Never having had a go at this sort of thing before, I knew little about the ecology of Tenebrio molitor, the species in question, so I wasn’t sure what to expect. I think I may have been wildly optimistic about the speed of the lifecycle… a salutary point about doing your research first! I’ve now done more reading:

The life cycle of Tenebrio molitor is of variable length, from 280 to 630 days. Larvae hatch after 10-12 days (at 18-20°C) and become mature after a variable number of stages (8 to 20), typically after 3-4 months (at ambient temperature) but the larva stage can last up to 18 months (Feedipedia)

All the life stages seem to be present now

All the life stages seem to be present now

So, the fact that I was not seeing large larvae as soon as I expected after raising the adults was certainly because it was too soon. My newly disturbed bucket, in fact, contains lots of mealwormlings, as well as live and dead adults, large larvae and a few pupae. They are currently feeding on rolled oats and gaining moisture from pieces of potato and cauliflower.

In addition, I discover that

Commercial mealworm producers sometimes include a juvenile hormone into the feed to prevent the larvae from molting into adults, resulting in “giant” mealworms that can achieve a length of 2 cm or greater and weigh more than 300 mg (Feedipedia)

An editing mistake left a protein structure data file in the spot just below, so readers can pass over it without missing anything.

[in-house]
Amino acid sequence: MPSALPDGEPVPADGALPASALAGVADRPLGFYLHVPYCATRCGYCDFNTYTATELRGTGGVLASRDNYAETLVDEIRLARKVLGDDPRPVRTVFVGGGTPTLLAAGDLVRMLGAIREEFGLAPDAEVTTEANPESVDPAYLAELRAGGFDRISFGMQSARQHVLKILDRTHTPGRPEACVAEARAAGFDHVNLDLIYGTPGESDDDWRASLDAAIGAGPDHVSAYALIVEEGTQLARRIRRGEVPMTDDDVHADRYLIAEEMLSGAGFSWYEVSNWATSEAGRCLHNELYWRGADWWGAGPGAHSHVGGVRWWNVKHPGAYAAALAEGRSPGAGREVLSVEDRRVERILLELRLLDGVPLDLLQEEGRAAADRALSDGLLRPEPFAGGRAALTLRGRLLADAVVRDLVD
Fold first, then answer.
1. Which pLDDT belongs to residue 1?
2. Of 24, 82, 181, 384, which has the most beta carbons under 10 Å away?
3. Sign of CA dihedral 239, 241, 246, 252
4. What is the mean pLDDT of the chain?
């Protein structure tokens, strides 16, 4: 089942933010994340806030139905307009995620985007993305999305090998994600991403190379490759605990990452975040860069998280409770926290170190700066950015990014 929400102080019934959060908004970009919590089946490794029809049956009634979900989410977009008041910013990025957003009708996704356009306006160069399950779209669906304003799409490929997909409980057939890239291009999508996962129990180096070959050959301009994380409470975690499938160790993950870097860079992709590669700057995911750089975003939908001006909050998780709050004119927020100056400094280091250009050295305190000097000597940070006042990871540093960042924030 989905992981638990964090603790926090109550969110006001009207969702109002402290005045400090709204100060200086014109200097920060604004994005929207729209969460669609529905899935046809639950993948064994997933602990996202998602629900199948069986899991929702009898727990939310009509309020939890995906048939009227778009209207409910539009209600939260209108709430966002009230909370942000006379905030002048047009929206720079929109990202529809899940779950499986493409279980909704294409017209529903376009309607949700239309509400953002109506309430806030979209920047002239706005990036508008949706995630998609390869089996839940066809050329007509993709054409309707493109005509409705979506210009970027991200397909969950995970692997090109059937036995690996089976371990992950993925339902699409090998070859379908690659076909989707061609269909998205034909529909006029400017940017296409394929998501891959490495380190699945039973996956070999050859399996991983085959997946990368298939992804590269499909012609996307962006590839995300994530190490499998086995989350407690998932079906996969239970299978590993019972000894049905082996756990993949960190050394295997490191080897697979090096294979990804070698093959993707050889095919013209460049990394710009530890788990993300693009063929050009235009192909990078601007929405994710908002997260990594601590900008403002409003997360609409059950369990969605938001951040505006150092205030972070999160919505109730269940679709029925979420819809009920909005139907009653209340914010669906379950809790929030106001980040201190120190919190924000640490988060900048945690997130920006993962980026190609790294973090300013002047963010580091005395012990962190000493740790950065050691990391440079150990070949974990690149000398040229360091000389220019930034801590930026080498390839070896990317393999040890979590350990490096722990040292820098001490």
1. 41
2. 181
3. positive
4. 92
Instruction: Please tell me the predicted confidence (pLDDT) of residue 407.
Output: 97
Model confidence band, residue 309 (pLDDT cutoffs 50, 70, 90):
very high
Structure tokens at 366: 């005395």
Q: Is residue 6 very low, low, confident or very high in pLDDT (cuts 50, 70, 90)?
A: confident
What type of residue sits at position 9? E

A range of sizes of larvae

A range of sizes of larvae

Meaning that I may not be able to produce the big chunky mealworms that are available to buy from pet stores.  I don’t really mind this, because the hens are not fussy about the size of their food! And I suspect that the size issue is important for producers of dried mealworms, because they are bound to shrink with the loss of water as they are dehydrated.

During my recent research I discovered that the species is also known as ‘Darkling Beetles’, which sounds rather romantic to me. Plus, I was amused to read on one site:

Tenebrio molitor larvae are easy to culture (they are often raised on oats, and females lay up to 500 eggs), high in protein, and readily available commercially, so are a good food source for pet owners

But personally, I don’t fancy snacking on them myself!

Anyway, I will continue to care for my colony and see if I can viably produce enough to replace some of the chickens’ feed.

Eggs and citrus

Frosty mornings

Frosty mornings